The minister is expected to argue that Britain's regions have undergone huge changes in the last 15 years which requires a shift in policy away from large public subventions for once-depressed areas of the country.
Mr Lang will use a keynote speech to the annual conference of the British Chambers of Commerce in Birmingham to highlight the way in which regional disparities have narrowed since the early 1980s.
In 1984, for instance, unemployment was 7.5 per cent higher in the North than the South while there was also a large gulf in relative levels of pay. Now, however, the unemployment gap has narrowed to 2.5 per cent while Scotland ranks second only to the South-east in the earnings league.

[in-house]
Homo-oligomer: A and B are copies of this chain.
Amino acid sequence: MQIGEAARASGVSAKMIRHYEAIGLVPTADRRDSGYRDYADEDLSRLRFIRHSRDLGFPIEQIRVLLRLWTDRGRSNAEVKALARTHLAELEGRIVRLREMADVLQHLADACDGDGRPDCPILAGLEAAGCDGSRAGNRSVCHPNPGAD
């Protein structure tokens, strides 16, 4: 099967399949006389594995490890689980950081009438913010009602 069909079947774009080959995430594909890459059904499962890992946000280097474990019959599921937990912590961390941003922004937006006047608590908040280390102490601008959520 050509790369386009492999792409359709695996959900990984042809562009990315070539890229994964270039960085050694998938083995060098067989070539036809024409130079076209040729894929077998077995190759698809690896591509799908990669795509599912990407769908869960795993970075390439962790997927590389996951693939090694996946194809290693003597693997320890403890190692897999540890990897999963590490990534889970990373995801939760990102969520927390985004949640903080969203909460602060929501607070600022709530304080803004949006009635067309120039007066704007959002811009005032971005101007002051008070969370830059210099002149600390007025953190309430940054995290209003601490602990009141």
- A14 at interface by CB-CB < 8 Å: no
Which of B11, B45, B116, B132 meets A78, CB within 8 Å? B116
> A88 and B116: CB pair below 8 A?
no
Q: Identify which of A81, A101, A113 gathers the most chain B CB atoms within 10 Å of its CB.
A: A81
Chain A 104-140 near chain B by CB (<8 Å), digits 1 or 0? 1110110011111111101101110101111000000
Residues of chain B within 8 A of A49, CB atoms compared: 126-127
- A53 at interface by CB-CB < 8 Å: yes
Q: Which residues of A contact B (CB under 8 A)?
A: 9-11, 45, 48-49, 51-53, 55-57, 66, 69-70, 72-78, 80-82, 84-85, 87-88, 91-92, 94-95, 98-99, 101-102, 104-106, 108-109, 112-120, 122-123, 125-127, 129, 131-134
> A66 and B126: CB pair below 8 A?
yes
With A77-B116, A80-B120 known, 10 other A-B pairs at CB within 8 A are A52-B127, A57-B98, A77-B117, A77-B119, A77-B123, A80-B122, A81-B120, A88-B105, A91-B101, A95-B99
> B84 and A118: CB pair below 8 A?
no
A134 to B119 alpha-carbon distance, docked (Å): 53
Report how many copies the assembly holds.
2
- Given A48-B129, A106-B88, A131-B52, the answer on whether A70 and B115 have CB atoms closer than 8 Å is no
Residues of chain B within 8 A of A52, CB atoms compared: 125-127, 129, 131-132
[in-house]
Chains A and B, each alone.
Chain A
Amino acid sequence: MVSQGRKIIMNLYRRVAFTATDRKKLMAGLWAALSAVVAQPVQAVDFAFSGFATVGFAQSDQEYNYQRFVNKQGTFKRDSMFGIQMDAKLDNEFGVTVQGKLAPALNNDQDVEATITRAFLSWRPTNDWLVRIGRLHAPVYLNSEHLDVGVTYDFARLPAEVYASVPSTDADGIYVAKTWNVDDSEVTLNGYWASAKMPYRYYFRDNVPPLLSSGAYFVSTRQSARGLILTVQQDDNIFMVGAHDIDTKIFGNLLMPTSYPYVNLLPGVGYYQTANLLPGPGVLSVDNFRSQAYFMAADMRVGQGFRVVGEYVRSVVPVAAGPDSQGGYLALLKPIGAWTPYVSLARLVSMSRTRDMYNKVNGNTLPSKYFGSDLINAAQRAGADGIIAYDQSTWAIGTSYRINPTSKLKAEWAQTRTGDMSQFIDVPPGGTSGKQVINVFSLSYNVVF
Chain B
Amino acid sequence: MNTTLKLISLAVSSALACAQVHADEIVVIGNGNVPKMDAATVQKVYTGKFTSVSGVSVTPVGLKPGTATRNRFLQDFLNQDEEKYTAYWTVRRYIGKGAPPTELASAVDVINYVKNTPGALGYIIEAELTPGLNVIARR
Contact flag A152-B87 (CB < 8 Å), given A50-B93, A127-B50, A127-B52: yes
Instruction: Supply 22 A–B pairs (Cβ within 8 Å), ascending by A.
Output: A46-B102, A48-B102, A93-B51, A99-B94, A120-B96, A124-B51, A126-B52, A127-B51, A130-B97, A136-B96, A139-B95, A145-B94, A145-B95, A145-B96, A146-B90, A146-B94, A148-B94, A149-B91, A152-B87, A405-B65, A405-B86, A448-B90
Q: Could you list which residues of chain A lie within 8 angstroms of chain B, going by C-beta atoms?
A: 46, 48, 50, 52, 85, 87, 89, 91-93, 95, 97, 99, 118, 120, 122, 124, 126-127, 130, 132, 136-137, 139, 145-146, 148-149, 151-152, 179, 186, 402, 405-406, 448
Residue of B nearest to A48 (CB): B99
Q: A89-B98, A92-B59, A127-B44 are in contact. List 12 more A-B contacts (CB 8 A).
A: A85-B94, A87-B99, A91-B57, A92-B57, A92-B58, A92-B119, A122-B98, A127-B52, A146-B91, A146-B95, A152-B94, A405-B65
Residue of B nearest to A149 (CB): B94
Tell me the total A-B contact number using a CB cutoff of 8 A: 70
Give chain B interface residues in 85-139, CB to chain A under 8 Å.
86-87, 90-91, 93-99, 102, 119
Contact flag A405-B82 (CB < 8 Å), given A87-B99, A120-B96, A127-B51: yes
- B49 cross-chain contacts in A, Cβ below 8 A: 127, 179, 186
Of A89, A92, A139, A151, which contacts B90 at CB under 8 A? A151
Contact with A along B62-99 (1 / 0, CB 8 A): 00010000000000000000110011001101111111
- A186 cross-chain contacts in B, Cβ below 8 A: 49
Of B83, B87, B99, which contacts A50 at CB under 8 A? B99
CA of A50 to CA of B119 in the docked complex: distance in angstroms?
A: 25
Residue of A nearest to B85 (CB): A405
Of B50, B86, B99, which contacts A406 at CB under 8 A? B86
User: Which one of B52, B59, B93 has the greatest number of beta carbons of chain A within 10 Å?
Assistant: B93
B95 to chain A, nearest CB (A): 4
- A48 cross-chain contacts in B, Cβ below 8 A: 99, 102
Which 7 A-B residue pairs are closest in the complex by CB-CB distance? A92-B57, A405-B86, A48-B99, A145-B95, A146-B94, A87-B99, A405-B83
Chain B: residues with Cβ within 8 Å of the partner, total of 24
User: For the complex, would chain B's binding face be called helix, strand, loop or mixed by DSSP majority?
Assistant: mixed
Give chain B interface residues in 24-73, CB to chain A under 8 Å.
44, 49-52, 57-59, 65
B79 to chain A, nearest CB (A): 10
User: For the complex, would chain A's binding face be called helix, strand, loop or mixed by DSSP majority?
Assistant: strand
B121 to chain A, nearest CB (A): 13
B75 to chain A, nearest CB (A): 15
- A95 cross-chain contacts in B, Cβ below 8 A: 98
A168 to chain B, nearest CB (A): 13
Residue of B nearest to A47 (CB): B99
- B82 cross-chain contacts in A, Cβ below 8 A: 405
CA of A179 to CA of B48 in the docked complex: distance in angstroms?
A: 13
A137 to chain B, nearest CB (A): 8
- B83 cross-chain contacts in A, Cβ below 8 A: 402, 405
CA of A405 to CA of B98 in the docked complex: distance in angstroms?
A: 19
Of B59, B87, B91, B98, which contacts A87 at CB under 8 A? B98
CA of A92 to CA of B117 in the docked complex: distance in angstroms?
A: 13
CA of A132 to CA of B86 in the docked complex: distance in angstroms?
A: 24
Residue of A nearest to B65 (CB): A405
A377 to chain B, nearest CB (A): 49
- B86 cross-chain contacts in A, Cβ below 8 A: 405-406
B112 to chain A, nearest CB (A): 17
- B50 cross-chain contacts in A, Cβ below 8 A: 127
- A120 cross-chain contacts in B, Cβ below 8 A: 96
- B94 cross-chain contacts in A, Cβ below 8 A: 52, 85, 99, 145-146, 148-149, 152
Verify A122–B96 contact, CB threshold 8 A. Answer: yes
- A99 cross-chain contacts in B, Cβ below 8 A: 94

Mr Lang is expected to argue that it is no longer true to claim that large areas of the country are uniformly depressed and that Government, regional and inward investment policy over the years has helped revitalise areas such as south Wales which now has a dominant electronics sector. He will say that locally co-ordinated schemes to provide funding for pockets of deprivation or economic disadvantage within regions are more suitable than massive state subvention organised from Whitehall.
He will also argue that the decoupling of the North from the South in terms of prosperity that threatened to happen in the early 1980s has not materialised and indeed that there has been much greater convergence through, for instance,the relocation of head offices of major industries to the regions.
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